Moscatel and strawberries laced with chocolate. (photo:Hiroshi Shoji)
Valentine’s Day in Japan used be shocking. Women giving ‘obligation chocolate’ to male bosses and co-workers. Recently, the pendulum is swinging back to Valentine’s Day, as a day for ‘the ladies’. However, instead many Japanese women are giving not giving Valentine’s Day chocolate and wine to males, but instead their female friends.
Long ago, in the misty past February 15, was the Roman’s highly honored festival of Lupercalia. Luper means wolf, and rituals were held possibly honoring Romulus and Remus, the founders of Rome who legend says were suckled by a she-wolf.
The festival included a lottery where young men drew the names of unmarried women from jars. During the festival the blind dates got intimately acquainted over feasts of food and wine. Were these the origins of Valentine’s Day messages? As Rome spread its empire to Gaul and Britain, so were its customs.
The patron saint of love, St. Valentine, true dentity unknown.
Was he a Christian martyr, executed on February 14, 269, who left friendship note for his jailer’s blind daughter, signed “Love from your Valentine”.
Or was he was a priest, sentenced to death on February 14th for secretly marrying soldiers banned from wedded bliss by the Emperor Claudius II who believed soldiers’ only love should be the Roman Empire.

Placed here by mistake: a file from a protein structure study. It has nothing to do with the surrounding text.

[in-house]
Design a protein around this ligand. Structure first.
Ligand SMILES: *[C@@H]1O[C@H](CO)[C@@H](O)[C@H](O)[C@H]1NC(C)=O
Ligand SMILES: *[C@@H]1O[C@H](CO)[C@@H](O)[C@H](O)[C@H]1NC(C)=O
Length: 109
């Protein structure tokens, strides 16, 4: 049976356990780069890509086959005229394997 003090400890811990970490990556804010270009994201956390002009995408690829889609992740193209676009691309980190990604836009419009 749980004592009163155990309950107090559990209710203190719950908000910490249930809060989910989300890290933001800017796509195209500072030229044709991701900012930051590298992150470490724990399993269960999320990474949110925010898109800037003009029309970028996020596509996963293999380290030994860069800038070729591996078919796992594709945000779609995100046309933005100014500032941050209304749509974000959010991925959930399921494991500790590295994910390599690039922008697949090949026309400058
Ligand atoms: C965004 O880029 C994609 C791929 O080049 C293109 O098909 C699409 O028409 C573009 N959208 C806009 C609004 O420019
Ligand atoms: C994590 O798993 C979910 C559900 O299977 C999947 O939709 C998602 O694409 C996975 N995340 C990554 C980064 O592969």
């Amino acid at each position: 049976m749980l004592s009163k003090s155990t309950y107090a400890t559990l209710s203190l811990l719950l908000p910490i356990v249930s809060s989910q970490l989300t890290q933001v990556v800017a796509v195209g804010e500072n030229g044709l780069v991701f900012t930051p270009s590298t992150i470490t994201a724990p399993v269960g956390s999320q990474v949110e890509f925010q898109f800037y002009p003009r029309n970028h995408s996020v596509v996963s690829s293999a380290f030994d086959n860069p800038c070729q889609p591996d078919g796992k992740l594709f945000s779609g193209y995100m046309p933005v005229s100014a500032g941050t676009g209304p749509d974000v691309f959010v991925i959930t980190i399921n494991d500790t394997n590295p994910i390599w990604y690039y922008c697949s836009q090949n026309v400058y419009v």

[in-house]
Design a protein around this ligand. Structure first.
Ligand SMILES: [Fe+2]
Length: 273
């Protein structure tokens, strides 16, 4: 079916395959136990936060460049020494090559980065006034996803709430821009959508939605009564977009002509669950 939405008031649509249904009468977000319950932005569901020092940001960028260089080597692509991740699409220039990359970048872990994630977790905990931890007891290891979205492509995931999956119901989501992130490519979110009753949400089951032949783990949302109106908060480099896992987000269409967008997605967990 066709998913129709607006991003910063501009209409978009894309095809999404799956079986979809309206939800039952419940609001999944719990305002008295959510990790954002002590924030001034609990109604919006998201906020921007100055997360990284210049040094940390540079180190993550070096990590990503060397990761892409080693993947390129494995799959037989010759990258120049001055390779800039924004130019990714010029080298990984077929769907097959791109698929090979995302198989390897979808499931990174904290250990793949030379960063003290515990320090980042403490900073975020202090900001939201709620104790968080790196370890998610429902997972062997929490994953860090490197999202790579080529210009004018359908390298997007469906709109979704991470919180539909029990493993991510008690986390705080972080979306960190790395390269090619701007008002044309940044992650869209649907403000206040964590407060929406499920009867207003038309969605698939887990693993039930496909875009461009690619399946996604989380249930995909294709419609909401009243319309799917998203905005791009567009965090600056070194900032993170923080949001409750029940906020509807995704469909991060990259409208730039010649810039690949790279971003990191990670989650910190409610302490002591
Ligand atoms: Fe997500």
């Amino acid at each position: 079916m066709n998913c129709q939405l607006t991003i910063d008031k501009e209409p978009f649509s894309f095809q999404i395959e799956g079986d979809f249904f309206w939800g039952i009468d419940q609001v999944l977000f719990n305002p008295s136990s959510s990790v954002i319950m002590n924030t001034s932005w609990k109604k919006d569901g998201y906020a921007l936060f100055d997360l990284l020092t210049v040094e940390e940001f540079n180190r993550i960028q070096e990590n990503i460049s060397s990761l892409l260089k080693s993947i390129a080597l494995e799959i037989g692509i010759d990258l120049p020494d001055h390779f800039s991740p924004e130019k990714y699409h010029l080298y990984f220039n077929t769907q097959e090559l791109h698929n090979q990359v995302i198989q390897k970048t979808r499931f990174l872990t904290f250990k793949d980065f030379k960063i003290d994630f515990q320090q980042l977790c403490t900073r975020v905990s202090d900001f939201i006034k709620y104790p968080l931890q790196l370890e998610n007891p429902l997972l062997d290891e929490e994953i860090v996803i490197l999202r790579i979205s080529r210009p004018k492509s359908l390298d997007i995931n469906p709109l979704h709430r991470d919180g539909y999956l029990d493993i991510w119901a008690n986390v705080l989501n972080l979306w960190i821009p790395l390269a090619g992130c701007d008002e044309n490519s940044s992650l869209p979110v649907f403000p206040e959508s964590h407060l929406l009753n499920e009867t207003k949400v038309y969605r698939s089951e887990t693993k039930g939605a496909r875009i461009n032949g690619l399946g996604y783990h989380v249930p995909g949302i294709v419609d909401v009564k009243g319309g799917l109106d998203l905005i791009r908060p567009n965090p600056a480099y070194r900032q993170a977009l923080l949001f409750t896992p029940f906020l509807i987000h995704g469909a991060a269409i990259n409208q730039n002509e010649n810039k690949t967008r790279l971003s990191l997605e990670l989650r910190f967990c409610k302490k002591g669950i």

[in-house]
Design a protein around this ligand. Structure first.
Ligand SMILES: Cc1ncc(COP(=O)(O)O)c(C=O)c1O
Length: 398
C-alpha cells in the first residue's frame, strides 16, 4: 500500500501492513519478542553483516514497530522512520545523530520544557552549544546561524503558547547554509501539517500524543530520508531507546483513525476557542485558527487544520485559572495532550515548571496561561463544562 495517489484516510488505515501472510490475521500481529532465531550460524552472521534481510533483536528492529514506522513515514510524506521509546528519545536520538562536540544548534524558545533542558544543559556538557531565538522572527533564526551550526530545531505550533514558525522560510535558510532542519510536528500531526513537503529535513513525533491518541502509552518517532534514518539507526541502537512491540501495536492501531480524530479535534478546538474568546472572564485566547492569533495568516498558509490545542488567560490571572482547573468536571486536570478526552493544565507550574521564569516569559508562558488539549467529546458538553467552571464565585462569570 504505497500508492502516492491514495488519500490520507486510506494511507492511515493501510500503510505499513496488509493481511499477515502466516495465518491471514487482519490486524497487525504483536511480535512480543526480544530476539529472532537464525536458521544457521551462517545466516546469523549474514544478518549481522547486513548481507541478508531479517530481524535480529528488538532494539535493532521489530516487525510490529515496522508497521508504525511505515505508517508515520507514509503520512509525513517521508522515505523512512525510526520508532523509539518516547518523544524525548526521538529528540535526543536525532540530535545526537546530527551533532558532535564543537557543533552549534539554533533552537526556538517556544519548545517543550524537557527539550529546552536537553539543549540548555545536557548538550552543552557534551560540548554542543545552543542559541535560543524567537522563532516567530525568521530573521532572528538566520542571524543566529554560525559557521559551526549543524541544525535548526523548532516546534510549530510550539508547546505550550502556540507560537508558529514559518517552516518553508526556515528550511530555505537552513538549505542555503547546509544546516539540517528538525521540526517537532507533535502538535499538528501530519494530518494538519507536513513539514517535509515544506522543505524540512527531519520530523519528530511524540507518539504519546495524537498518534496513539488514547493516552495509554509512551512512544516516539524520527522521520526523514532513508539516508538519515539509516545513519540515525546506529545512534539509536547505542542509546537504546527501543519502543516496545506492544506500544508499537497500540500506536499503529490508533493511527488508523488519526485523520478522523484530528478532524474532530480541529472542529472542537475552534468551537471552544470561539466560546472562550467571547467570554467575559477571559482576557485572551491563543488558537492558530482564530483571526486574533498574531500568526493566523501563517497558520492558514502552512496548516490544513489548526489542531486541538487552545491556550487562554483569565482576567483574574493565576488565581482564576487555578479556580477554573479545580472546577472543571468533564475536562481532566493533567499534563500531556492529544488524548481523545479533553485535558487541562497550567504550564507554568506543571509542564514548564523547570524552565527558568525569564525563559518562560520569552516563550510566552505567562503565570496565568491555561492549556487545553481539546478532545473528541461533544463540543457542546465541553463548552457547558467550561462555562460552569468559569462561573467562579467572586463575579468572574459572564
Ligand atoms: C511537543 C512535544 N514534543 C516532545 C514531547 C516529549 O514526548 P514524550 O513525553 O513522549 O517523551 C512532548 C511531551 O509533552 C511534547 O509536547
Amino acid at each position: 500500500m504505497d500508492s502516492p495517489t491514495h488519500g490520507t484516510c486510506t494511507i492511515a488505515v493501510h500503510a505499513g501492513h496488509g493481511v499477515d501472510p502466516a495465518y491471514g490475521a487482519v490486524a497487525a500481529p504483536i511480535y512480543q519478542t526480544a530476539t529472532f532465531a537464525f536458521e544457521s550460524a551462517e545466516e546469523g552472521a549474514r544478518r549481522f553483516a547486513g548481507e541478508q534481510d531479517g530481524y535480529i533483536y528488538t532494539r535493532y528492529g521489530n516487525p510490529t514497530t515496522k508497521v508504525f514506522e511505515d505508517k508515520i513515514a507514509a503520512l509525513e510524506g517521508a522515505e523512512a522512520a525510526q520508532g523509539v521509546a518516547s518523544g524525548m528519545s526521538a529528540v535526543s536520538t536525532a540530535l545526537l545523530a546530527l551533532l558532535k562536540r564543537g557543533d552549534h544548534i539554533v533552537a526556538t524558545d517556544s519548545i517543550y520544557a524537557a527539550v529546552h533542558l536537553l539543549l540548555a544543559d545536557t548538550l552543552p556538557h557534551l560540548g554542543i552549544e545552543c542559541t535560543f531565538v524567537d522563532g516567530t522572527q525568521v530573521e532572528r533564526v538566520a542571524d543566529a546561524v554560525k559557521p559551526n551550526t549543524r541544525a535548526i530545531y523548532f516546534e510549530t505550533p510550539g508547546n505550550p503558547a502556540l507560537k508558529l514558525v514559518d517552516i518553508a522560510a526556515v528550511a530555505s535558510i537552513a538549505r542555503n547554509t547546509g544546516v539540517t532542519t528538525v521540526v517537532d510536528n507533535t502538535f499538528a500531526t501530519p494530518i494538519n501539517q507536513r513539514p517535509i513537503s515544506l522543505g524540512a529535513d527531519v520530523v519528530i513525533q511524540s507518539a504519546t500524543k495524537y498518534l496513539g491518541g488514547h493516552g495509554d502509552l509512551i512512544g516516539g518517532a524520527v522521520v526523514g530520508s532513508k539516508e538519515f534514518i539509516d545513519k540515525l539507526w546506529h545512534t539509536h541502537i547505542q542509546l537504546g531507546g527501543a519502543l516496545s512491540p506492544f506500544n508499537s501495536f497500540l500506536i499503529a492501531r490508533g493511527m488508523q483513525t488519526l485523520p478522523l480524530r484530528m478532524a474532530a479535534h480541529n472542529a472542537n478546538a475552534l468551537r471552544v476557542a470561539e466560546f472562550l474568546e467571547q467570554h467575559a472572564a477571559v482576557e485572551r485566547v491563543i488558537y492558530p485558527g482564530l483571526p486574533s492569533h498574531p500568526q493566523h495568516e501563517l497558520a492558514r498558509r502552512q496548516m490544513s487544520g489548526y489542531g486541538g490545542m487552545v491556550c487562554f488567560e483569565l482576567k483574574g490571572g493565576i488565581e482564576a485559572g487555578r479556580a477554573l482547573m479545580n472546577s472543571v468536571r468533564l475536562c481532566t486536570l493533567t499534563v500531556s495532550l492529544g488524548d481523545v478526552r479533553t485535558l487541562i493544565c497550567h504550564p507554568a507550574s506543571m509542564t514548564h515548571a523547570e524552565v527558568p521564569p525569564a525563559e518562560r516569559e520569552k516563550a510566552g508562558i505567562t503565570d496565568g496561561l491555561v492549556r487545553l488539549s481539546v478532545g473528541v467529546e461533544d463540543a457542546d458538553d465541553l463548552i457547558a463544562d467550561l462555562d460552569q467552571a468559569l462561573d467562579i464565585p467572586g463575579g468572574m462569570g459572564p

The history of love has not been easy, as love was considered an out of control emotion and definitely not a sane feeling. For most of history, marriage was to gain land and wealth.
Our next patron of love was Catherine de’ Medici.
A wealthy 14 year old Florentine teenager, she was sent to marry the Duke of Orleans, France’s future king Henry II in 1533. Catherine decided to wow France’s medieval court with Italian graceful living. It seemed that the French court’s idea of a glamorous banquet was baked boar preserved from spoilage with Asian spices and eaten with a dagger.
Catherine’s power-dowry included the best of Venice. Glittering mirrors and glass wine goblets, along with gold cutlery including a shocking new instrument for carrying food to mouth, the fork.
Her entourage included poets spinning tales of romance and chefs bringing Italian fresh herbs and fruits, and full-bodied wines. The chefs also brought the secret of making a magical treat, ice cream.
Catherine, extremely plain and short, worked with an unknown shoemaker to enable her to tower seductively over her subjects, creating Europe’s first high-heels.
Until the late 1900’s a Parisian aphrodisiac rage was drinking Champagne from a high-heeled slipper. Today, the aphrodisiac of choice for most women is chocolate, and wines that just make a sensual match.
STAR PICKS- Sweets for my Sweet:
Gaspar Florido Jerez, Moscatel, Vine Dulce Natural Y Varietal, Pedro Romero, Spain, available at Nissin, Tokyo
Amber colored with a hint of pink, made from Muscat grapes, probably the first domesticated eating and wine grape, originally from the Middle East. The nose has hints of raisins, rose petal jam, maple syrup and brandied blood oranges.